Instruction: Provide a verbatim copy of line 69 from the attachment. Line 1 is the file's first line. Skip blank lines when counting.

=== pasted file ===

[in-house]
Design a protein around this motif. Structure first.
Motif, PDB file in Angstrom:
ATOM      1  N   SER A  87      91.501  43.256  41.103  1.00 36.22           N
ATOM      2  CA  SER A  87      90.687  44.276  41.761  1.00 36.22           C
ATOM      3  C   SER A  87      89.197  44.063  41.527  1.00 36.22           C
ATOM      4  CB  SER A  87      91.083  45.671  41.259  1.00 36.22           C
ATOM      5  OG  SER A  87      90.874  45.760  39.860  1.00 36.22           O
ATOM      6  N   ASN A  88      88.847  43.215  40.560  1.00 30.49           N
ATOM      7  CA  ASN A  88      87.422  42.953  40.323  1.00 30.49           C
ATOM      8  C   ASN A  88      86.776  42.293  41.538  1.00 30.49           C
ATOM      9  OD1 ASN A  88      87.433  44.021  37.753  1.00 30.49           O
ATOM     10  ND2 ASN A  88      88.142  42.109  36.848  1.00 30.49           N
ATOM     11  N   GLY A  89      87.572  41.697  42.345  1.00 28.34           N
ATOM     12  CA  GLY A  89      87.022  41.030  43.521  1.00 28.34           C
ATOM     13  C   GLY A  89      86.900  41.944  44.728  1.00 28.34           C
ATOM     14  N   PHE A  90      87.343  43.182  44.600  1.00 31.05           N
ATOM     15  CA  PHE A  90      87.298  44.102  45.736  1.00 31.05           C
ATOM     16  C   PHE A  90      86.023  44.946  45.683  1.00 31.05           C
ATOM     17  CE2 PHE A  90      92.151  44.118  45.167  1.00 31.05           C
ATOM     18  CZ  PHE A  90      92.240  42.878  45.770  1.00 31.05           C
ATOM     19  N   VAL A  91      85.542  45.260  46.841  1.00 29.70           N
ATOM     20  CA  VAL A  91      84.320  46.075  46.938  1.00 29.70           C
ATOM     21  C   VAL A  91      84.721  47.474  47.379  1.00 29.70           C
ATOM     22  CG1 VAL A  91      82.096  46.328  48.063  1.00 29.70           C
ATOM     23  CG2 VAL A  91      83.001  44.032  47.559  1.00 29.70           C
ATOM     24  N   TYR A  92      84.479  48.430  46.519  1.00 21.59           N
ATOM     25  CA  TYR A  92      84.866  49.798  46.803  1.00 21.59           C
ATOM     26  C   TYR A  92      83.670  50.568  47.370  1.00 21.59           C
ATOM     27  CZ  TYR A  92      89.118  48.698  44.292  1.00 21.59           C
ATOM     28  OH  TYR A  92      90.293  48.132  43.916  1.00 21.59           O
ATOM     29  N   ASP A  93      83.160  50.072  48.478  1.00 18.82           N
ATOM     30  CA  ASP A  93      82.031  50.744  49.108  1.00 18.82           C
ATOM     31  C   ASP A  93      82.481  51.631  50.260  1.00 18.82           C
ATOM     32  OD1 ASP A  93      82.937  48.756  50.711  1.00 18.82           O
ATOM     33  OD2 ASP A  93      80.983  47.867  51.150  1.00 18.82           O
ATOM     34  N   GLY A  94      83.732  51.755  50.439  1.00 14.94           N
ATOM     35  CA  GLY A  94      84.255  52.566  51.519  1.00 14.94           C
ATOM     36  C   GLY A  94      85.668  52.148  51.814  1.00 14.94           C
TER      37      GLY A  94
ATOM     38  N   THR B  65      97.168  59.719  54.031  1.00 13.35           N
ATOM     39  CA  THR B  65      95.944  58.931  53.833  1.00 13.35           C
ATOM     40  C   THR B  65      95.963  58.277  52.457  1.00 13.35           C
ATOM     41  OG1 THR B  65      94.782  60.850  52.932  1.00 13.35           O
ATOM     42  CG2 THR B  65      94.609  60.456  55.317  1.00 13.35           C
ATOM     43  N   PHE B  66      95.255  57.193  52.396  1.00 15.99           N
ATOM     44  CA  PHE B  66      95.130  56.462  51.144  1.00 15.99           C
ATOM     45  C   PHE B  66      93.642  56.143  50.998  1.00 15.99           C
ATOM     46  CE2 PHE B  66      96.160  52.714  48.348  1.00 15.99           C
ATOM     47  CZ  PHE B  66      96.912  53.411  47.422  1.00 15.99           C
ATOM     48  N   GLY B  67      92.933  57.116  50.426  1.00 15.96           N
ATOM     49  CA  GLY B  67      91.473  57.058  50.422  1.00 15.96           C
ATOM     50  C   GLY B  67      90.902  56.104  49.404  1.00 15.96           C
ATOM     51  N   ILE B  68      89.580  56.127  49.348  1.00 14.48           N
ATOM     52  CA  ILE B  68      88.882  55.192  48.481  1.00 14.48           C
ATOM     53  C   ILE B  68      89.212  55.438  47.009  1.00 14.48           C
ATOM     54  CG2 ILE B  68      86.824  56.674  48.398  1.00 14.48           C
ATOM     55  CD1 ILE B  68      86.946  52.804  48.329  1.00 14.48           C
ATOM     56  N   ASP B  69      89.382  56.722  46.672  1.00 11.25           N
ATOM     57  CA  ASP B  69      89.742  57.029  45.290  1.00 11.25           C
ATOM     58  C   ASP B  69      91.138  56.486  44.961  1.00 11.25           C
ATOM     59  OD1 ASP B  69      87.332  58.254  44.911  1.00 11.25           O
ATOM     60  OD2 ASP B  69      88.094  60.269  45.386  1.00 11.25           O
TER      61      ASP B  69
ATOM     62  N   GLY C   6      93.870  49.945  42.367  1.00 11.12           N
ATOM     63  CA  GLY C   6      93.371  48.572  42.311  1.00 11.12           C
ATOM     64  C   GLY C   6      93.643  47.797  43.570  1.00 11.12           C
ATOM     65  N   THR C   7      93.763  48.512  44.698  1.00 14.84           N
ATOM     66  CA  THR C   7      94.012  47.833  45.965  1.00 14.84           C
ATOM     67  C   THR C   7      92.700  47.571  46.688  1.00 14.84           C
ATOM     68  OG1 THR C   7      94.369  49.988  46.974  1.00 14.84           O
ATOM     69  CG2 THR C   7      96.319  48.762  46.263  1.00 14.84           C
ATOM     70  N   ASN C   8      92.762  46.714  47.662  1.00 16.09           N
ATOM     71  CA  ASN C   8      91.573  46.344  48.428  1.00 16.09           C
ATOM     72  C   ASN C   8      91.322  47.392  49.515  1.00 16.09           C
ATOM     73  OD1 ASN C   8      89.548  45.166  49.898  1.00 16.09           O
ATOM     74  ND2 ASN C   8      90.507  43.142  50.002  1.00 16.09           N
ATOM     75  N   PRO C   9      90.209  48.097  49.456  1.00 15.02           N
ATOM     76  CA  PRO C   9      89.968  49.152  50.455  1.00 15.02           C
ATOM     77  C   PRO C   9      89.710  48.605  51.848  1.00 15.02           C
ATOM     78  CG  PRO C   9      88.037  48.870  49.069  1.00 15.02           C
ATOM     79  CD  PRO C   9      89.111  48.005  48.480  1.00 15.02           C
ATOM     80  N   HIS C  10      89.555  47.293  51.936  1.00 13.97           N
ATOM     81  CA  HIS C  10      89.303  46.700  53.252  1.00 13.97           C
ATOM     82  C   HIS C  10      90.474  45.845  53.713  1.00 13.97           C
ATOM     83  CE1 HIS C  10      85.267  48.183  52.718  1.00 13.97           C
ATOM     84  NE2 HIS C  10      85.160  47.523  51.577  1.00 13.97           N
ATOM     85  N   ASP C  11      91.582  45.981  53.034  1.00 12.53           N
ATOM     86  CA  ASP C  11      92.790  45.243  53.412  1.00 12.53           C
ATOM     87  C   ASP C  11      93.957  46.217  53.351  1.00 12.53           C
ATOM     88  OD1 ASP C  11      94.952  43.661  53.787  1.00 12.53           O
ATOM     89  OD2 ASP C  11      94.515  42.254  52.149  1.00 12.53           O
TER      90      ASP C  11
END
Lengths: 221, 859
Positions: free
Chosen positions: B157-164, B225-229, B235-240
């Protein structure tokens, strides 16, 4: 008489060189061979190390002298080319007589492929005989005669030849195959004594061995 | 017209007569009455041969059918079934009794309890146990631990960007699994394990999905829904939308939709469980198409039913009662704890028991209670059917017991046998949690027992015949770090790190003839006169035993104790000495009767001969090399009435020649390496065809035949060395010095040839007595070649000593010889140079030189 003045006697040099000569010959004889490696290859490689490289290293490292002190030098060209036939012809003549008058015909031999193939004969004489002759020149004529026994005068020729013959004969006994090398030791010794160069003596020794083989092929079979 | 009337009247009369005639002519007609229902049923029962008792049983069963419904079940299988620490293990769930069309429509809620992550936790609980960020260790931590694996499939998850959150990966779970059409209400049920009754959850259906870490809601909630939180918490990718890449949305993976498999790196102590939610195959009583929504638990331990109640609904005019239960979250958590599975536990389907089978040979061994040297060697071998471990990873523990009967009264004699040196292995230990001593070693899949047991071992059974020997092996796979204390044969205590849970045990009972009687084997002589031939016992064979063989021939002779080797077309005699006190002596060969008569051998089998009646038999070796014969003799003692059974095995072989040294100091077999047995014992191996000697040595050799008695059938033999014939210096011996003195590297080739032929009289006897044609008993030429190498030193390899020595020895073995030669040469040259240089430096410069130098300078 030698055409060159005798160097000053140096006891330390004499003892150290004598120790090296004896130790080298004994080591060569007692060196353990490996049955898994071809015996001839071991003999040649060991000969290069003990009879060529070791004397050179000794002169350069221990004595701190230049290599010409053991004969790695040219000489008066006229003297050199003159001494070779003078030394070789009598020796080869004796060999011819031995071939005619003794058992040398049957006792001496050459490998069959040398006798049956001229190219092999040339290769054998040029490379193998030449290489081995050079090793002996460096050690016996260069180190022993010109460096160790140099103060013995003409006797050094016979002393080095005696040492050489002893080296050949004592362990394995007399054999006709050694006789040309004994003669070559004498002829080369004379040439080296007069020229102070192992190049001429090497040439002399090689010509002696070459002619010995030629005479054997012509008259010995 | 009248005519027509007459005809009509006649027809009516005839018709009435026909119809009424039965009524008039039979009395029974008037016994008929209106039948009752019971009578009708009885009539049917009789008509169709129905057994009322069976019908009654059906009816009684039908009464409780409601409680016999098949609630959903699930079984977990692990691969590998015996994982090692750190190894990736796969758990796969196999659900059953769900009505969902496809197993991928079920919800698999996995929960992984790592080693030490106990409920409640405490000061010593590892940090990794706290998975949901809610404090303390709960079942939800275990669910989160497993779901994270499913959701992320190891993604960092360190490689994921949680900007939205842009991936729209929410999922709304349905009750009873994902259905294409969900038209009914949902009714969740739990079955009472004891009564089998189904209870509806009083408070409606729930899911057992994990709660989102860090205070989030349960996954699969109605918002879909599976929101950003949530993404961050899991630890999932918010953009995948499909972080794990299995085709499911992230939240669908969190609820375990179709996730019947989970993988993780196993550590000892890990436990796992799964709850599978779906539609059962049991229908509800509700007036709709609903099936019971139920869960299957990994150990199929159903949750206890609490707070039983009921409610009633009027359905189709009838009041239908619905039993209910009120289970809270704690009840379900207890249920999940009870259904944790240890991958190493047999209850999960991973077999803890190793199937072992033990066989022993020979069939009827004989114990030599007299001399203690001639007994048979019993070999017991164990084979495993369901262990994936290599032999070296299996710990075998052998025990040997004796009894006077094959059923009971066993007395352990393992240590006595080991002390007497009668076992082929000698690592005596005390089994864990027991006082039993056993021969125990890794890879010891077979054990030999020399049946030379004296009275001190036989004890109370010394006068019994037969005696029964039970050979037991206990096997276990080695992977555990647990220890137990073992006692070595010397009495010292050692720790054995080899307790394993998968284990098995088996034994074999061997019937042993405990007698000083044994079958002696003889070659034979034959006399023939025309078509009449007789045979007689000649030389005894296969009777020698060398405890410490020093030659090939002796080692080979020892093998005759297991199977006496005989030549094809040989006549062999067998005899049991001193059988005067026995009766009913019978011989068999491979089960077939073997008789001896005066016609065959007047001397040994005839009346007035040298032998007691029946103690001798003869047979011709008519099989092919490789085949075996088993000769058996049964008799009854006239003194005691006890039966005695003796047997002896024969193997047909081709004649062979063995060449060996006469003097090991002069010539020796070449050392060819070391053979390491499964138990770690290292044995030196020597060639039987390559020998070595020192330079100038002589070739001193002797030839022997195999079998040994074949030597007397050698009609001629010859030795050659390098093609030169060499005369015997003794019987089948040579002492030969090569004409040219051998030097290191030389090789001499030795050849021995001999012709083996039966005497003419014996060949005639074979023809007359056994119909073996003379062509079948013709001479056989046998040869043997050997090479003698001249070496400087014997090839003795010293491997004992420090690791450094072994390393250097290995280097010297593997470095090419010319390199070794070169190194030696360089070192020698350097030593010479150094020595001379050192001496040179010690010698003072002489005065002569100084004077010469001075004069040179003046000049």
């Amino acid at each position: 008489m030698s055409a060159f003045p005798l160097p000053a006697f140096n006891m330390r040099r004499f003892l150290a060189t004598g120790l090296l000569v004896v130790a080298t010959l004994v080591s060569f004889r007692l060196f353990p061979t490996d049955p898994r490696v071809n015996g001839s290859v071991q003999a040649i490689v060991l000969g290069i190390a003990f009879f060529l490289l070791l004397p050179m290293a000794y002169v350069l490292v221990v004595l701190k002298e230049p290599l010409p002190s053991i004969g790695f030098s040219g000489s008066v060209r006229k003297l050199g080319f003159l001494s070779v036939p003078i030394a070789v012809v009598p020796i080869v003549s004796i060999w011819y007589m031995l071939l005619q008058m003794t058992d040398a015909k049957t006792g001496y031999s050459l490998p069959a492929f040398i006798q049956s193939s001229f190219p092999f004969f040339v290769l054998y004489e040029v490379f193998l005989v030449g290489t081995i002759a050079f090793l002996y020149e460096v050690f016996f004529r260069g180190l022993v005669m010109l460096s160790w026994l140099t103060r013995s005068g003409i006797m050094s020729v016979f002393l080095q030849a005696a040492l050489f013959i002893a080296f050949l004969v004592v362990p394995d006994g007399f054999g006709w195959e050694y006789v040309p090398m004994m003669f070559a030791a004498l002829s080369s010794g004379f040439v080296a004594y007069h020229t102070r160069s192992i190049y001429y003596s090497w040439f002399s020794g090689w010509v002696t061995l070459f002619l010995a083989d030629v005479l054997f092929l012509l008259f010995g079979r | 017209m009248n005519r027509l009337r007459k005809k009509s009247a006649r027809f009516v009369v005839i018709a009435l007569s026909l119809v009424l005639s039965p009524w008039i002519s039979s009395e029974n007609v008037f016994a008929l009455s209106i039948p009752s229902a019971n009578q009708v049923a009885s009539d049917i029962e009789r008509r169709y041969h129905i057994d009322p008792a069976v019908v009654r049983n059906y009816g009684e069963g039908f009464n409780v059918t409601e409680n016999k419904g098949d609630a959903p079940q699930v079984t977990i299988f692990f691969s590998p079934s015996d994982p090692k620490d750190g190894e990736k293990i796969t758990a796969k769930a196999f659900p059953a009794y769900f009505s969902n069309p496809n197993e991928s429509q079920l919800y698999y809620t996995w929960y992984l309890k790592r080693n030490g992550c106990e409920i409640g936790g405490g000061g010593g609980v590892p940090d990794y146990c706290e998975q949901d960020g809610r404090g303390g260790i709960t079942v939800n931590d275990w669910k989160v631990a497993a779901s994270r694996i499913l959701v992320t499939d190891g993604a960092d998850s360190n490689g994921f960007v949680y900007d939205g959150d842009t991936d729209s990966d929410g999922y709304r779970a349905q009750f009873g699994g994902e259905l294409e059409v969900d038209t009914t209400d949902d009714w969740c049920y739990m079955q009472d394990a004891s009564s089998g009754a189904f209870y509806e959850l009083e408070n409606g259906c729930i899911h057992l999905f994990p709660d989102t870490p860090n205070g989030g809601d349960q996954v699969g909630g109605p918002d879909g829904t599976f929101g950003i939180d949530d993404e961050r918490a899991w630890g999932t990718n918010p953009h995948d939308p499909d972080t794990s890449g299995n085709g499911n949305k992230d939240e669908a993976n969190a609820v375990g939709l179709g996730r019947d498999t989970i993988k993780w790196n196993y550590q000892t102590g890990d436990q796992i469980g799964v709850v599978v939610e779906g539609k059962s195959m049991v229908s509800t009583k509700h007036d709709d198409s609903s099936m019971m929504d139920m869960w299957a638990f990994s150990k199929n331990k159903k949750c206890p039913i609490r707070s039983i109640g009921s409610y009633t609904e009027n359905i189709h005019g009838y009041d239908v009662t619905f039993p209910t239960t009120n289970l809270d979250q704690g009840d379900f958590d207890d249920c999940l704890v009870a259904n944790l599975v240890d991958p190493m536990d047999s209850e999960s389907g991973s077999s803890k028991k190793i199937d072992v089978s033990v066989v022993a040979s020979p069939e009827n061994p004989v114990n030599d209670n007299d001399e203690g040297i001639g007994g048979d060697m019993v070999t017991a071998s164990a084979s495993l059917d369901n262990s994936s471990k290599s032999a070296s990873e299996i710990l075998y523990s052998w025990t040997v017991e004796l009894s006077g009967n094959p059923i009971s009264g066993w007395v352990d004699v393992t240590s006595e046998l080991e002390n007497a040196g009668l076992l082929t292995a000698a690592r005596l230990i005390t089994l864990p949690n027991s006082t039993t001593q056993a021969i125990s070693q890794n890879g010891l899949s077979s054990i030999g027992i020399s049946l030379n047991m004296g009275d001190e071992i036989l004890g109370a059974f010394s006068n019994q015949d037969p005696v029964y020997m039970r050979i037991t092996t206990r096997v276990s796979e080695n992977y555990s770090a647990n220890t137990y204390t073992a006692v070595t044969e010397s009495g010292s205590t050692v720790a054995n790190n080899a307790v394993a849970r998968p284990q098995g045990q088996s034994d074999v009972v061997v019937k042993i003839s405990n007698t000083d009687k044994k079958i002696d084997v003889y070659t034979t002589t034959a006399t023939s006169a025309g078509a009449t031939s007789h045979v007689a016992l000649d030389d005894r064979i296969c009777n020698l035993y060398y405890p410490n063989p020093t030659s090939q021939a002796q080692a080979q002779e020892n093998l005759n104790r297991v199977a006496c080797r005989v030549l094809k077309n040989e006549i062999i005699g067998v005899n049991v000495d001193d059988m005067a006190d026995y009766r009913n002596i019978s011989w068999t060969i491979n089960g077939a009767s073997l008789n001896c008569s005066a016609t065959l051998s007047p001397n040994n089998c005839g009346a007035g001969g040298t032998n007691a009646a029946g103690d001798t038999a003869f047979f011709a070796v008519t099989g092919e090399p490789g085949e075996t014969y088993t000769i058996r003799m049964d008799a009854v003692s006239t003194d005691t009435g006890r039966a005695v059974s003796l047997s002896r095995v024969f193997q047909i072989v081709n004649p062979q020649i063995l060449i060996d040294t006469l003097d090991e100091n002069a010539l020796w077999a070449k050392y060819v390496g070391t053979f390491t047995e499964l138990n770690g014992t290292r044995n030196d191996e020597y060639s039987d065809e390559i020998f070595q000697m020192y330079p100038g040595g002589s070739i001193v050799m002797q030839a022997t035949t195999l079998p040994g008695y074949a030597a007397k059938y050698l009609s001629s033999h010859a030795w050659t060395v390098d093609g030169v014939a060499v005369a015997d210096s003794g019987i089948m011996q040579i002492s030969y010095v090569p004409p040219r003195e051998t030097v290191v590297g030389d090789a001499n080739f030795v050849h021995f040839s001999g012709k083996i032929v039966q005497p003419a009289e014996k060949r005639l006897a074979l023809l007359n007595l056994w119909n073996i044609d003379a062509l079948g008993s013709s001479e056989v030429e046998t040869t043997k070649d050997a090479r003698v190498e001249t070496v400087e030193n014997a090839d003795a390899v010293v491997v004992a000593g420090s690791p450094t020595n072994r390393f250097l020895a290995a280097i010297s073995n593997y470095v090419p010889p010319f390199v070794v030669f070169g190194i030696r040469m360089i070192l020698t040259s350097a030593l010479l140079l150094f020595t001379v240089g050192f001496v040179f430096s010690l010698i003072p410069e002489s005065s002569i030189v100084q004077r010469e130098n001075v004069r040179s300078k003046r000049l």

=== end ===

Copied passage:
ATOM     66  CA  THR C   7      94.012  47.833  45.965  1.00 14.84           C